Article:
Author Archives: Huenemann

About Huenemann

Curious about the ways humans use their minds and hearts to distract themselves from the meaninglessness of life.

3QD: Lots Of Things Exist, But You And I Are Not Among Them

Of course, it pays to be cautious when you read philosophers writing about what exists. They are slippery, weaving in and out between “in one sense” and “in another” like clever eels wearing togas. The fact that we can talk … Continue reading

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To hell with “culture”

[WARNING: This post reads suspiciously like an old man’s grumping.] I think that among many of today’s “content generators” there is a supposition that there is a big conversation going on, among many intellectual people, across the globe, about a … Continue reading

Posted in Items of the academy / learning, Meanings of life / death / social & moral stuff | 8 Comments

3QD: How To Make Rational Mammals

Suppose you are Father God, or Mother Nature, or Mother God, or Father Nature — doesn’t matter — and you want to raise up a crop of mammals who can reason well about what’s true. At first you think, “No … Continue reading

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Kant, Hegel, and how to be enlightened citizens

[Reflections on reading Robert B. Brandom, “Some Pragmatist Themes in Hegel’s Idealism”, in his book Tales of the Mighty Dead (Harvard UP, 2002).] Both Kant and Hegel were writing in a time of thorough-going Enlightenment. For the most part they … Continue reading

Posted in Historical episodes, Kant and/or Hume, Meanings of life / death / social & moral stuff | 2 Comments

3QD: What is living and what is dead in the Enlightenment?

Talking about “The Enlightenment”, when understood as something like “an intellectual and philosophical movement that dominated the world of ideas in Europe during the 17th and 18th centuries” (thanks, Wikipedia), is like talking about Batman: do you mean classically heroic comic … Continue reading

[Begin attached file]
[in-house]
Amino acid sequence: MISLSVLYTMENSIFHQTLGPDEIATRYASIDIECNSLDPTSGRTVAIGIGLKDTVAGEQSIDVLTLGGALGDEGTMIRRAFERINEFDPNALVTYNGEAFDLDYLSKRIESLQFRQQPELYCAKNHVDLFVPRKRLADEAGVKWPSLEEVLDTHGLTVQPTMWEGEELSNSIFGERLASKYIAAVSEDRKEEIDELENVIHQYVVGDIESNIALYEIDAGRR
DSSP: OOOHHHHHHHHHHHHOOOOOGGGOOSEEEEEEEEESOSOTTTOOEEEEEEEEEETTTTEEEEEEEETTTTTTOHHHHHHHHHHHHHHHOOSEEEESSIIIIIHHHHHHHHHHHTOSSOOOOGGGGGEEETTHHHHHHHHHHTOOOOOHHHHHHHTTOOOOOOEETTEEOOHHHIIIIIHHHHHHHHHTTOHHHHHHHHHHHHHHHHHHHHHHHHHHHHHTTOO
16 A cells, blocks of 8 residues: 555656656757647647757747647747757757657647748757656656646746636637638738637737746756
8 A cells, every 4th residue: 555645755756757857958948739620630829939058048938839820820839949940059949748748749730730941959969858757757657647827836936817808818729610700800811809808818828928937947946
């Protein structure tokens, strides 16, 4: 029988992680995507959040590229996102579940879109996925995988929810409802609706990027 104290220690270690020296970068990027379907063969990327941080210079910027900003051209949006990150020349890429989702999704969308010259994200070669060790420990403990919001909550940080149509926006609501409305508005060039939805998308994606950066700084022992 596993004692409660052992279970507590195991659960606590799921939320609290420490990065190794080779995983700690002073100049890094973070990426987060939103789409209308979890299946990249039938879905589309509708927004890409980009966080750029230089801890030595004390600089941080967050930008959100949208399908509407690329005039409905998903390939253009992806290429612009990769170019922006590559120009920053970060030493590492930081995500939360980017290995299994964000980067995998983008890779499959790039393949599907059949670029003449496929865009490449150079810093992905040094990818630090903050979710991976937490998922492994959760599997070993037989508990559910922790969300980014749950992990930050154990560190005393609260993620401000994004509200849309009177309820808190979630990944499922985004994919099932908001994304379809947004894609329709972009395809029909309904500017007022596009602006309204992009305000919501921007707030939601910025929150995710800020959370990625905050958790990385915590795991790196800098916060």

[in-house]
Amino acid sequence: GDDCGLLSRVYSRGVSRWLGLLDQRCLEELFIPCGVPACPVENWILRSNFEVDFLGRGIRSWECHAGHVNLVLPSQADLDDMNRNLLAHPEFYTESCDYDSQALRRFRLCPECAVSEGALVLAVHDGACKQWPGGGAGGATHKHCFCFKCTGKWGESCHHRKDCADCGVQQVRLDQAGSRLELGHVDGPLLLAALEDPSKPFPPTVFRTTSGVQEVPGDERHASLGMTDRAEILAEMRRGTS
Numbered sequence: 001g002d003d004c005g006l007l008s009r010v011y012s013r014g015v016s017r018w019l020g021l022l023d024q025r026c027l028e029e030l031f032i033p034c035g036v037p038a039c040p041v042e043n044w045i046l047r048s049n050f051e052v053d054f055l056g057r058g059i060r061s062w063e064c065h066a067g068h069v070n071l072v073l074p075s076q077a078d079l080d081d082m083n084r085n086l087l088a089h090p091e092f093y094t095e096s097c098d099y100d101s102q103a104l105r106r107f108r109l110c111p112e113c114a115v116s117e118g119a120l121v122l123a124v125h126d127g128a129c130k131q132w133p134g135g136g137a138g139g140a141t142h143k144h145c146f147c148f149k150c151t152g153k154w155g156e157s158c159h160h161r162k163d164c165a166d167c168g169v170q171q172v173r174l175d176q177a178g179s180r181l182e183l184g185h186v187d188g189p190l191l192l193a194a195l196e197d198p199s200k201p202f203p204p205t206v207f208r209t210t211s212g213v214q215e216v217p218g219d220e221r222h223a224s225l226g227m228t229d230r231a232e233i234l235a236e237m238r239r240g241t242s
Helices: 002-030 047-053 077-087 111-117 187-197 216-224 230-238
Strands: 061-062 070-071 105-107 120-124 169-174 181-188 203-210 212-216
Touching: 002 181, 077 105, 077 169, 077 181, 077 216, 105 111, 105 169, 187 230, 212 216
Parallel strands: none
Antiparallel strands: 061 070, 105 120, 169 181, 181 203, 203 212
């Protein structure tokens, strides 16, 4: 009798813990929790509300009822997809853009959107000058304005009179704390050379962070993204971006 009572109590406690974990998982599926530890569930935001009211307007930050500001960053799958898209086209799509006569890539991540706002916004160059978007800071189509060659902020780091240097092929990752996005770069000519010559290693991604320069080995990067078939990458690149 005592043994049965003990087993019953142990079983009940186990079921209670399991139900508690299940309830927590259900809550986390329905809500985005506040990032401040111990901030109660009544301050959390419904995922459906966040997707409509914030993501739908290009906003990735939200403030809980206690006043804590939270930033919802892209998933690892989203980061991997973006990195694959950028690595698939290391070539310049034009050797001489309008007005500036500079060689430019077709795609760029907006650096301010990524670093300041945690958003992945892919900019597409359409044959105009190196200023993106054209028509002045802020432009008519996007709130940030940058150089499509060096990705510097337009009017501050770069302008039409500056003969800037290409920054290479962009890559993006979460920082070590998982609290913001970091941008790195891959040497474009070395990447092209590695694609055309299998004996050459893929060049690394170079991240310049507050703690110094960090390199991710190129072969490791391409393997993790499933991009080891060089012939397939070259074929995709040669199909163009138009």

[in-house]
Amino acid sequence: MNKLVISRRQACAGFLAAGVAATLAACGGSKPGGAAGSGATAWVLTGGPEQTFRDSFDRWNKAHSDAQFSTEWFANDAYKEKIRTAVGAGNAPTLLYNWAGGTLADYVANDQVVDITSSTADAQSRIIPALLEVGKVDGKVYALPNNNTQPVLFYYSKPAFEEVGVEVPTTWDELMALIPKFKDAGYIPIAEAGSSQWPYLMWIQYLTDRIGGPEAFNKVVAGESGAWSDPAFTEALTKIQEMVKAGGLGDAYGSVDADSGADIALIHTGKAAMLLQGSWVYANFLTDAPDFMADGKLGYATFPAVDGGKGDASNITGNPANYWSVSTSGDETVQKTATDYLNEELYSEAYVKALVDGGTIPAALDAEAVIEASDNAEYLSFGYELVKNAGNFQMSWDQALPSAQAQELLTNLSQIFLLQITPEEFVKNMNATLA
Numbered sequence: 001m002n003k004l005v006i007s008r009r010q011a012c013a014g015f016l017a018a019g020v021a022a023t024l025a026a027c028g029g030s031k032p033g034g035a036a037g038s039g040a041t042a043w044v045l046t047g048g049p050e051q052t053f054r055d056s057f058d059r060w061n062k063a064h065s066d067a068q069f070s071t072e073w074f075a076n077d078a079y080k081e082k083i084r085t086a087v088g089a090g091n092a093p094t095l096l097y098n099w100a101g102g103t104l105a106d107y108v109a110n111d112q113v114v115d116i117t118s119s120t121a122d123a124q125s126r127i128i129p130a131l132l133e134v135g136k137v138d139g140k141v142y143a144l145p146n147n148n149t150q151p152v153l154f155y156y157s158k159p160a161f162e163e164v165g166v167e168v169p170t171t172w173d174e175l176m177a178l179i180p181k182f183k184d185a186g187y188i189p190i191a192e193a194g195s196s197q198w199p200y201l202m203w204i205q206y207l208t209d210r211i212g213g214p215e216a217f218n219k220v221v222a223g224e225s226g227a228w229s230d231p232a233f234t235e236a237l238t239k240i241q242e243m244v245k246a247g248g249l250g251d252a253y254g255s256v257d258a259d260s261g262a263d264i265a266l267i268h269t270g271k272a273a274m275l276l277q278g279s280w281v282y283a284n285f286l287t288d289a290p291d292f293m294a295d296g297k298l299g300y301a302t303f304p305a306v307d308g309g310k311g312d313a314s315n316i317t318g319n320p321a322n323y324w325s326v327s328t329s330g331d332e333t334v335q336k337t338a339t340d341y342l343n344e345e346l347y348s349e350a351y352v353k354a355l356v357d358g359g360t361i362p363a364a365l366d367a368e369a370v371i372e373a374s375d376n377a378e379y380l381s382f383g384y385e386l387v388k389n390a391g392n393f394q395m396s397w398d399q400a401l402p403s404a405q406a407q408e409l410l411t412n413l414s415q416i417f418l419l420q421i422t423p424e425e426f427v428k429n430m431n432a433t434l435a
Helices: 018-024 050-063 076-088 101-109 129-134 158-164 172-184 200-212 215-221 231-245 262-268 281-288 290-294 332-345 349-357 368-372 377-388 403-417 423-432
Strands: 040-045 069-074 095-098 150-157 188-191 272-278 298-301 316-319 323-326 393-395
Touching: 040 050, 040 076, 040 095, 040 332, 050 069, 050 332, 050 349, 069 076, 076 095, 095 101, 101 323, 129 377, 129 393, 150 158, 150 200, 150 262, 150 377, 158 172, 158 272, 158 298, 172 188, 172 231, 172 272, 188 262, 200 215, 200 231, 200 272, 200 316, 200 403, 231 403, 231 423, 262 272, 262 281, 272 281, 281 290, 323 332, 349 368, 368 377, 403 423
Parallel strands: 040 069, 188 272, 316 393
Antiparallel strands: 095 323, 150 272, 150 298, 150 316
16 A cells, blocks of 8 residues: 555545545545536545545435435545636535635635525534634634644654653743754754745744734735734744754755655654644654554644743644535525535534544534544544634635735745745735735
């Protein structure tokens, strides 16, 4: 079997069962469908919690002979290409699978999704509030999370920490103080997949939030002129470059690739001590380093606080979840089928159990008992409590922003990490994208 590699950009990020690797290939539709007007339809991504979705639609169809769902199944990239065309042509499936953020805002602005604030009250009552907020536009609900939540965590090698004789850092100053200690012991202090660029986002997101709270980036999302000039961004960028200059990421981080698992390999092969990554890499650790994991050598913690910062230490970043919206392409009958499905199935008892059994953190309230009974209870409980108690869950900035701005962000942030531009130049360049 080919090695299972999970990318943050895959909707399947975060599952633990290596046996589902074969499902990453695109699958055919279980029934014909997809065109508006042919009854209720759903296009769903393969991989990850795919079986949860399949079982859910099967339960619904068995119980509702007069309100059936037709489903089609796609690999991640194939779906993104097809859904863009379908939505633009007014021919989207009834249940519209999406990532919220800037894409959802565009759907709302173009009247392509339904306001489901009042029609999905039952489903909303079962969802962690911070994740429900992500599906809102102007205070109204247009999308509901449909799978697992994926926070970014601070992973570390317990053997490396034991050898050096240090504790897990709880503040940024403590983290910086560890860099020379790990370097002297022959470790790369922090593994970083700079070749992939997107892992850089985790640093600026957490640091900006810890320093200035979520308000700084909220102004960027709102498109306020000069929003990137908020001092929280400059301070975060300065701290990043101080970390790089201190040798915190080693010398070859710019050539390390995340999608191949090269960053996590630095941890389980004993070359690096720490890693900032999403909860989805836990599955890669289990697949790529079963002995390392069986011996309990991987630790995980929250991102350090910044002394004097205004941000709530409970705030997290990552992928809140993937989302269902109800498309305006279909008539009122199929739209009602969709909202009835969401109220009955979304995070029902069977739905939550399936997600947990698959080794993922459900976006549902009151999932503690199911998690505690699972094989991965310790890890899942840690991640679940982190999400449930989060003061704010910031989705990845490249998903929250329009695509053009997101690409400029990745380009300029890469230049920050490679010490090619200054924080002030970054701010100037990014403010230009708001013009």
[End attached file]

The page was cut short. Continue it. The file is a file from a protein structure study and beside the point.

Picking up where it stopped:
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IAI: The self in the cloud

…But these scientists and philosophers are forgetting about locks. Just as keys have the shapes they have because of the locks they fit, people have the selves they have because of the lives they fit. My memories and beliefs are … Continue reading

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3QD: Living through lives of others

Observations are laden with theories, or so we are told, and theories are laden with cultures. There’s a good reason for thinking this. Theories, after all, spring out from people’s heads. But people’s heads grow within languages and cultures, along … Continue reading

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3QD: Science and the Six Canons of Rationality

Philosophy of science, in its early days, dedicated itself to justifying the ways of Science to Man. One might think this was a strange task to set for itself, for it is not as if in the early and middle … Continue reading

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Twilight of the idols of good writing

For a long time I have thought of my job as mostly a teacher of writing. I teach philosophy too, but most of what I teach in that domain is soon forgotten. What my students will keep with them (or … Continue reading

Posted in Items of the academy / learning | 18 Comments

3QD: Monkeys in our treehouse

How we are able to talk — the surprisingly effortless channeling of thoughts into words made available for public consumption — is a startling mystery. The next time you find yourself jabbering, see if you can direct some unemployed part … Continue reading

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3QD: Science and magic

I think it is fair to say that we usually see science and magic as opposed to one another. In science we make bold hypotheses, subject them to rigorous testing against experience, and tentatively accept whatever survives the testing as … Continue reading

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Teaching history (and philosophy) of the knowledge of nature and (history of) “the philosophy of science”

I have been teaching university philosophy classes for something like 78 years. (At some point, when you can’t summon the energy to figure out how old you are, and what year something happened, and then do a bit of subtraction, … Continue reading

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3QD: Bigger knowledge, bigger problems

In a slogan: our hard problems require more smarter people than the hard problems of the past. The tightrope we are walking keeps getting steeper and more slippery and higher off the ground – requiring even better tightrope walkers, tightrope walkers “more … Continue reading

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For the sake of discussion

We know all too well how easy it is to write something to someone online that we would never say face to face, and conversely how much more effort it takes to write online with the general kindness we employ … Continue reading

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Mad-Dog Everettianism, probability, and a little bit of Hume

One of the great upsides of the generally miserable or horrific pandemic is that more recordings of fascinating intellectual discussions are being made available to wider audiences. Recently I watched a set of talks hosted by an outfit called the … Continue reading

Posted in Metaphysical musings | 10 Comments